Health Behavior Change

Understanding and promoting behavior change and maintenance is a central topic in health psychology and behavioral medicine. Health behaviors such as diet and physical activity have a significant impact on promoting health and well-being, disease prevention (e.g. obesity, COVID-19) and rehabilitation (e.g. recovery from a cardiovascular event).

At the Department of Health Psychology and Behavioral Medicine, we contribute to understanding the bio-psycho-social determinants of health behavior change and maintenance, e.g. habit, stress, and social relationships. Using theory- and evidence-based approaches, we further develop and evaluate interventions that target a variety of health behaviors, with emphasis on digital health interventions using smartphone apps. Central to our research is the understanding of the phenomena under investigation, specifically how health behavior and its determinants unfold over time, within and between persons. This translates into a methodological approach that studies people’s daily lives in their natural context, using observational and experimental intensive longitudinal methods, e.g. data collection using ecological momentary assessment (EMA) or sensors (e.g., accelerometers, mobile electrocardiography), and qualitative methods.



Dr. Corina Berli                                                                                                         

University of Bern

Institut of Psychology

Fabrikstrasse 8

3012 Bern

What is the study about?

The study is being conducted in collaboration with the PREHABIL project at the Inselspital in Bern.  As part of the PREHABIL project, patients at Inselspital are taking part in a multimodal prehabilitation programme to prepare them for their upcoming operation and the time after the operation ( The aim of the Adhere study is, on the one hand, to investigate the difficulties that arise when participating in such a programme and implementing the guidelines. On the other hand, another target is to identify factors that facilitate participation and implementation of the guidelines. The study focuses on the subjective view of the participants and how they experienced their participation in the programme. This provides helpful information on how such programmes can be designed and implemented in the future.

Who are the participants?

The participants are patients taking part in the PREHABIL project at Inselspital. Patients who are eligible to participate in the PREHABIL project and thus also in the Adhere study must have functional deficits and have planned a major visceral, urological, cardiac, vascular, orthopaedic or thoracic operation. The minimum age limit for participation is 65 years.

What does the study involve?

As part of the study, qualitative interviews will be conducted with participants about their personal experience of the prehabilitation programme. Participants will be informed about the interviews during the baseline survey of the PREHABIL project at Inselspital. After the baseline survey, they take part in the prehabilitation programme for at least 2 weeks in preparation for their upcoming operation. The interviews take place 1-2 days before admission to the Inselspital and are conducted by telephone. An interview is expected to last between 45 and 60 minutes. During the interview, questions are asked about personal experiences with the programme, challenges, resources and feedback on the programme.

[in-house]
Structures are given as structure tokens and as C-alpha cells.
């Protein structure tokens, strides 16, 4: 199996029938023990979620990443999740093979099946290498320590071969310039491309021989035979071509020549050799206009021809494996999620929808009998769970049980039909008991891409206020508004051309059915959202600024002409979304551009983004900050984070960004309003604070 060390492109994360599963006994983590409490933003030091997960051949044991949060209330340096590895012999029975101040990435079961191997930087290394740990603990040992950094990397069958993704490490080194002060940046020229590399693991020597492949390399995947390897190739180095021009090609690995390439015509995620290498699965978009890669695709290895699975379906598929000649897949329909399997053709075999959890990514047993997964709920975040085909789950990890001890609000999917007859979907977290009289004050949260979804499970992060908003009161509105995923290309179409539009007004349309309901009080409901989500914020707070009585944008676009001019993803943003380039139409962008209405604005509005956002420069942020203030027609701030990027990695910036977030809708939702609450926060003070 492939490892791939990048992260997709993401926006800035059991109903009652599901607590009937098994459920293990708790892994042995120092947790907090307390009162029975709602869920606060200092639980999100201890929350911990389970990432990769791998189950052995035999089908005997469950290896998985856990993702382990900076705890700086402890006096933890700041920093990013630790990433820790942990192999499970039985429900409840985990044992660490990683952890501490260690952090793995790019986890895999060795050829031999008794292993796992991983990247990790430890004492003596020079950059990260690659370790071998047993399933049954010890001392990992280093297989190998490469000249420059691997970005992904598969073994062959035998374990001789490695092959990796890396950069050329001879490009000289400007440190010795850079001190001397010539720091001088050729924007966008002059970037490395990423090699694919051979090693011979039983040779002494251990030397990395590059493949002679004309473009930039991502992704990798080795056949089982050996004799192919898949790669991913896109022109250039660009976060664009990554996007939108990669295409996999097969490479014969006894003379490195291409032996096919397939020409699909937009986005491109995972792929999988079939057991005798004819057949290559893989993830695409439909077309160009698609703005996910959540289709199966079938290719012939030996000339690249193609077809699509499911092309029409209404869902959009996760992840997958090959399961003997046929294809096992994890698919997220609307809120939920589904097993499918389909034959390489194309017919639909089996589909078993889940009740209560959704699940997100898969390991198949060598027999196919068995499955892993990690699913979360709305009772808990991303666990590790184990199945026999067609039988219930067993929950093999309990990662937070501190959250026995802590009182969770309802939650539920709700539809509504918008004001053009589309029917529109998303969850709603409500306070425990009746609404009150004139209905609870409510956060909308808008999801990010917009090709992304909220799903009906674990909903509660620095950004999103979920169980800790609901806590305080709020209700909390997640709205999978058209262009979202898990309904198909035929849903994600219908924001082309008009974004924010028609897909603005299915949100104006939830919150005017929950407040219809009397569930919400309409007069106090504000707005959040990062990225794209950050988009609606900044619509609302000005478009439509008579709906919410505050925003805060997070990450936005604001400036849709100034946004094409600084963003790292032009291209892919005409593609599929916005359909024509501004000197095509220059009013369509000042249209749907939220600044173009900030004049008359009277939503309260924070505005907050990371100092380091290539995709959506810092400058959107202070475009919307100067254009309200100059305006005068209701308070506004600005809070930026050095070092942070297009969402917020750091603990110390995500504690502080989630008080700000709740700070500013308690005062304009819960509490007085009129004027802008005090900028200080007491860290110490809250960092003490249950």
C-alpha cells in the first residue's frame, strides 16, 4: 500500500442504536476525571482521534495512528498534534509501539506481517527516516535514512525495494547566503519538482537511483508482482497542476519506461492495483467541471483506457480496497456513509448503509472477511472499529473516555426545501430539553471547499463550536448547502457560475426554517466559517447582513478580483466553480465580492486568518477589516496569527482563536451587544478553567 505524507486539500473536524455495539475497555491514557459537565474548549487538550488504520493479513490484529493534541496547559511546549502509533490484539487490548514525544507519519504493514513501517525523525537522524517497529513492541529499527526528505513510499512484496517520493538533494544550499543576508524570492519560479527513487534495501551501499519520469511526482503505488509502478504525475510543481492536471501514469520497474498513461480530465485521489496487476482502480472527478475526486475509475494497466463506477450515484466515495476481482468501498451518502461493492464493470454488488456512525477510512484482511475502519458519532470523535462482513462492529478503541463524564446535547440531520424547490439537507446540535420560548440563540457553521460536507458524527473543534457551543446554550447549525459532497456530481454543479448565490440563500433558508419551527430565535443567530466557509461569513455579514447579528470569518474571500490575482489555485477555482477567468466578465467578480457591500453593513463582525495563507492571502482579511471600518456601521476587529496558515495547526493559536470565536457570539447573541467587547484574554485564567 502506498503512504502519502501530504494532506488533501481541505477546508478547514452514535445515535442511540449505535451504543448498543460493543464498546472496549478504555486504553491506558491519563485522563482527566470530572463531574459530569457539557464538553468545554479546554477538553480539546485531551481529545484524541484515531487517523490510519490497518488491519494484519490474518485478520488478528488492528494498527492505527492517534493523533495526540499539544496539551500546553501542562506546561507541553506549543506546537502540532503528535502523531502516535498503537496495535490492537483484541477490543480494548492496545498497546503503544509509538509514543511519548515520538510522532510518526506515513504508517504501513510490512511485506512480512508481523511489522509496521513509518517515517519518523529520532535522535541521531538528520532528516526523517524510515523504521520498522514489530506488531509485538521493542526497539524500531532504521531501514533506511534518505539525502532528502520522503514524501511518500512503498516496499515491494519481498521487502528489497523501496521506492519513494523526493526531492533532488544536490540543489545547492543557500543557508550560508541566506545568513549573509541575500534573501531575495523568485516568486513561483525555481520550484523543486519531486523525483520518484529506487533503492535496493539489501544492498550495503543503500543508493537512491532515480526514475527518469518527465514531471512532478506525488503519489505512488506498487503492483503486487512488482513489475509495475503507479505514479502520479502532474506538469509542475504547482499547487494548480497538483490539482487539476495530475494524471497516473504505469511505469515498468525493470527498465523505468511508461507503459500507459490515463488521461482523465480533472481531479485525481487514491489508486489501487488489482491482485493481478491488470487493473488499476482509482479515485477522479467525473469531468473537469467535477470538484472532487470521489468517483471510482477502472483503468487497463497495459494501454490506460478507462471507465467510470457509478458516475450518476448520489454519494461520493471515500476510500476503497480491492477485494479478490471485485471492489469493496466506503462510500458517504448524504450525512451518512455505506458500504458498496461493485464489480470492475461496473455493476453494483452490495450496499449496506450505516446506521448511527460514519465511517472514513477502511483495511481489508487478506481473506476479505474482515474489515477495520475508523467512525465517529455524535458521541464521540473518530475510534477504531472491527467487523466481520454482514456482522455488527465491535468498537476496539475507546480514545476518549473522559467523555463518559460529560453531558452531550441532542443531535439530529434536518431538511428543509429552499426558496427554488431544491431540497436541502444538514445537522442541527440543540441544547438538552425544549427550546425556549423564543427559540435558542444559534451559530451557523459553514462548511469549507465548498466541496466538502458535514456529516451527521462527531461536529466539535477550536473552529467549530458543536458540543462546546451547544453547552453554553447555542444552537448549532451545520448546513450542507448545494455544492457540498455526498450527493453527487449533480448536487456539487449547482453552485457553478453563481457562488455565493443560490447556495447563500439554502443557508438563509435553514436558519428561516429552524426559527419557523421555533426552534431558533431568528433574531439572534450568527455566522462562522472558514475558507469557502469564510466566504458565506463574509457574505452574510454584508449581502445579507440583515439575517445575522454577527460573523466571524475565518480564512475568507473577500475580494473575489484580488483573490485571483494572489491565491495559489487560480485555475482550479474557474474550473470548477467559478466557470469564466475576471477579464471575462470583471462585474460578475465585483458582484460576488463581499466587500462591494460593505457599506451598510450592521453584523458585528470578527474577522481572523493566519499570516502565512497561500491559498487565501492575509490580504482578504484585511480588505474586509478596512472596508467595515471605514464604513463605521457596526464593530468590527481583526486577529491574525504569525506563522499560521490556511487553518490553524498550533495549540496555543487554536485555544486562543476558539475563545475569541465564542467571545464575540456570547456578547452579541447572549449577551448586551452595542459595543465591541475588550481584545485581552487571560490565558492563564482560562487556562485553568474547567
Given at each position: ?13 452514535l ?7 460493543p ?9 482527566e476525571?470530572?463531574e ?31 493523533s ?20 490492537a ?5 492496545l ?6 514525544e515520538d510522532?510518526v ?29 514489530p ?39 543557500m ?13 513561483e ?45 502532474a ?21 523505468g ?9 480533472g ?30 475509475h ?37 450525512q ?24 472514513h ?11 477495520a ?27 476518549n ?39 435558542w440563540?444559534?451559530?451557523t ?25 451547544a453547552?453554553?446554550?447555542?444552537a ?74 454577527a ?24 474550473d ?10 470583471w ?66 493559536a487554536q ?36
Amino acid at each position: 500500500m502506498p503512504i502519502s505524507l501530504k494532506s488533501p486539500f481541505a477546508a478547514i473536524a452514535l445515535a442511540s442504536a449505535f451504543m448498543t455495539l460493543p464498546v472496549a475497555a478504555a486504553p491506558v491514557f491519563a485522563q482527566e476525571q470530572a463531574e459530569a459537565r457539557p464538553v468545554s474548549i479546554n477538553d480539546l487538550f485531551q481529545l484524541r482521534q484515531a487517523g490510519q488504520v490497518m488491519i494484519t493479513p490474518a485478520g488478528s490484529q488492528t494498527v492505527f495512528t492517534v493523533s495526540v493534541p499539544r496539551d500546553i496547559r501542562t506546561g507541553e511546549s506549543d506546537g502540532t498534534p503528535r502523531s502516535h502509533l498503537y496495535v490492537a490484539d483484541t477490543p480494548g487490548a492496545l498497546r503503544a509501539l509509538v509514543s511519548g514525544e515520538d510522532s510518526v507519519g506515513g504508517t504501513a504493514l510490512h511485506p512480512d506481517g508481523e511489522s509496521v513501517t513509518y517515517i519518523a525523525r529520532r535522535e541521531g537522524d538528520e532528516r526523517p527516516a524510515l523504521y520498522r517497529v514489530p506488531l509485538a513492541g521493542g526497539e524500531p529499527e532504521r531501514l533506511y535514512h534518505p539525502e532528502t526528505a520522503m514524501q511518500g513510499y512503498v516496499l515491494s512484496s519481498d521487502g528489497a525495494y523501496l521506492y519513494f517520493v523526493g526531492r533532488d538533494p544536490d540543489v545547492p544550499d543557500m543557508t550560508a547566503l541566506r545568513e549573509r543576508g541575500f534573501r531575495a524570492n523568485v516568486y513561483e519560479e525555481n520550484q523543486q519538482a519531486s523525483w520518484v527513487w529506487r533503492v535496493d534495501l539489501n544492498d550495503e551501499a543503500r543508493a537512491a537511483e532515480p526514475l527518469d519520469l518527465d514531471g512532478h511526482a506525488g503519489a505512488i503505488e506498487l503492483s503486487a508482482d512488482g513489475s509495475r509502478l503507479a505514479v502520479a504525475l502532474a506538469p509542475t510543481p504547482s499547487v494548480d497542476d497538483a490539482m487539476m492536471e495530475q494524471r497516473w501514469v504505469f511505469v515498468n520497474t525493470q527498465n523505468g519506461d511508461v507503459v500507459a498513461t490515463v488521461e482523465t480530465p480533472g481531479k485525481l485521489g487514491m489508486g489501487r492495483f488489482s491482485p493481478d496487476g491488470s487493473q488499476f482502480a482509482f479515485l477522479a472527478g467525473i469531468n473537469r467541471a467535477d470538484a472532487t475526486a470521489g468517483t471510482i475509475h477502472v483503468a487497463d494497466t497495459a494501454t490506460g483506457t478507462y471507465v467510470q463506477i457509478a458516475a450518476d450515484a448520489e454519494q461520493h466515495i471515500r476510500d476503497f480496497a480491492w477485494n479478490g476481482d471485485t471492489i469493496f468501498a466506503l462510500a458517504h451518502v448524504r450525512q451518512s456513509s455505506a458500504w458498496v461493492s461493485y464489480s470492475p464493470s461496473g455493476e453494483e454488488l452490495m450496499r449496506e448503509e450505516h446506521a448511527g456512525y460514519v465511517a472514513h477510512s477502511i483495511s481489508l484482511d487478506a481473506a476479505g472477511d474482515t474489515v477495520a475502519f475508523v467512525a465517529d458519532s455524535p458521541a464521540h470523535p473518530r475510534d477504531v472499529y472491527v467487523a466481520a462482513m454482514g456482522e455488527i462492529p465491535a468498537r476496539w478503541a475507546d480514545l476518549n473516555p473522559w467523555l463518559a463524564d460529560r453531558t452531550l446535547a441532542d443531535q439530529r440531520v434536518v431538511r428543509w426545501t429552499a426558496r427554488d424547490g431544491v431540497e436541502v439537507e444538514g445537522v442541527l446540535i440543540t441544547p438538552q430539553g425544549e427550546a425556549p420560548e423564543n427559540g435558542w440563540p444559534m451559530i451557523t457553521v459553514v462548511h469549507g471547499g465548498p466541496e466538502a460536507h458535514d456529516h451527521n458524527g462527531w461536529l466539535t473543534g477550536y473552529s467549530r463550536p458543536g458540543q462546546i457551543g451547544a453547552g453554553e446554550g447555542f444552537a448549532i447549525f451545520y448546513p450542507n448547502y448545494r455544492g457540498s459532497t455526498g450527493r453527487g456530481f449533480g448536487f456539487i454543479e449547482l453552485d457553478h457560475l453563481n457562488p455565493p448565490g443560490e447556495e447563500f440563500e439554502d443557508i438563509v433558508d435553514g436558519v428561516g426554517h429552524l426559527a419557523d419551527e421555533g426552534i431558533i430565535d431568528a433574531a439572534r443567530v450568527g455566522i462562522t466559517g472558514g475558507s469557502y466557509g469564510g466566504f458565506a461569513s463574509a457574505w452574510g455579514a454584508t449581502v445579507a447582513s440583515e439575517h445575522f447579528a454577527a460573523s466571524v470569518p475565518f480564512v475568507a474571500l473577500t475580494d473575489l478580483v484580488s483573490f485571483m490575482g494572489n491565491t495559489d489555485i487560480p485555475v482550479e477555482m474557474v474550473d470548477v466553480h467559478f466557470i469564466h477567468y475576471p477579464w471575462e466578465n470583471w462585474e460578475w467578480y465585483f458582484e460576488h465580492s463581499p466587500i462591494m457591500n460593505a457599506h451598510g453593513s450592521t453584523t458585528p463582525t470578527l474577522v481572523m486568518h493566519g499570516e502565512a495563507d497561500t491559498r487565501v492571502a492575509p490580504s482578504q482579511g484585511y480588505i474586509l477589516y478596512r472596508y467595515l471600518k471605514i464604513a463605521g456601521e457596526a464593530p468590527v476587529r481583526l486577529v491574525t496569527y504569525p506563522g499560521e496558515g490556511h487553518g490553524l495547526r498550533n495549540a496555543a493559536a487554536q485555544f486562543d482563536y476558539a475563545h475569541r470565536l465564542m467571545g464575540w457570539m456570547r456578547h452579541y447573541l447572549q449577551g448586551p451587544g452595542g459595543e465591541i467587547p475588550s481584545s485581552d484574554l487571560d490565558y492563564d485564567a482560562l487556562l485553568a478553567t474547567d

What is the benefit for the participants?

By participating in this study, patients are making an important contribution to psychological research on the challenging and supportive factors involved in participating in a prehabilitation programme. The interview also gives participants another opportunity to talk about their experiences in the programme and to make any suggestions for improvement.

When does the project take place?

The study started in September 2023 and will run until around the end of 2024. The interviews will be conducted from February 2024 to April 2024.

Project team at the University of Bern

Master's students working on the project:

Ramona Thöny,

Project partners at the Inselspital Bern

PD Dr. med. Dominique Engel

Prof. Dr. med. Patrick Wüthrich

Prisca Eser, PD PhD

Thomas Vetsch, cand. PhD

Publication PREHABIL-Project

Beilstein, C. M., Krutkyte, G., Vetsch, T., Eser, P., Wilhelm, M., Stanga, Z., Bally, L., Verra, M., Huber, M., Wuethrich, P. Y., & Engel, D. (2023). Multimodal prehabilitation for major surgery in elderly patients to lower complications: Protocol of a randomised, prospective, multicentre, multidisciplinary trial (PREHABIL Trial). BMJ Open, 13(1), e070253.


Prof. Dr. Jennifer Inauen, Dr. Dario Baretta

University of Bern
Institut for Psychology
Department for Health Psychology and Behavioral Medicin

Fabrikstrasse 8
3012 Bern


Project BECCCS aims to develop, optimize, and test a behavior change intervention to promote infection prevention behavior in the short and long term. The optimal behavior change intervention will be determined using the MOST (multiphase optimization strategy). Multiple intervention components based on habit theory and the results of formative research will be developed (preparation), tested in a randomized parallel design (optimization), and then tested against a control group (evaluation) to reveal the most effective behavior change intervention to promote infection prevention behaviors. In collaboration with computer science, the intervention will be delivered through a smartphone application, which will allow high reach of the general population.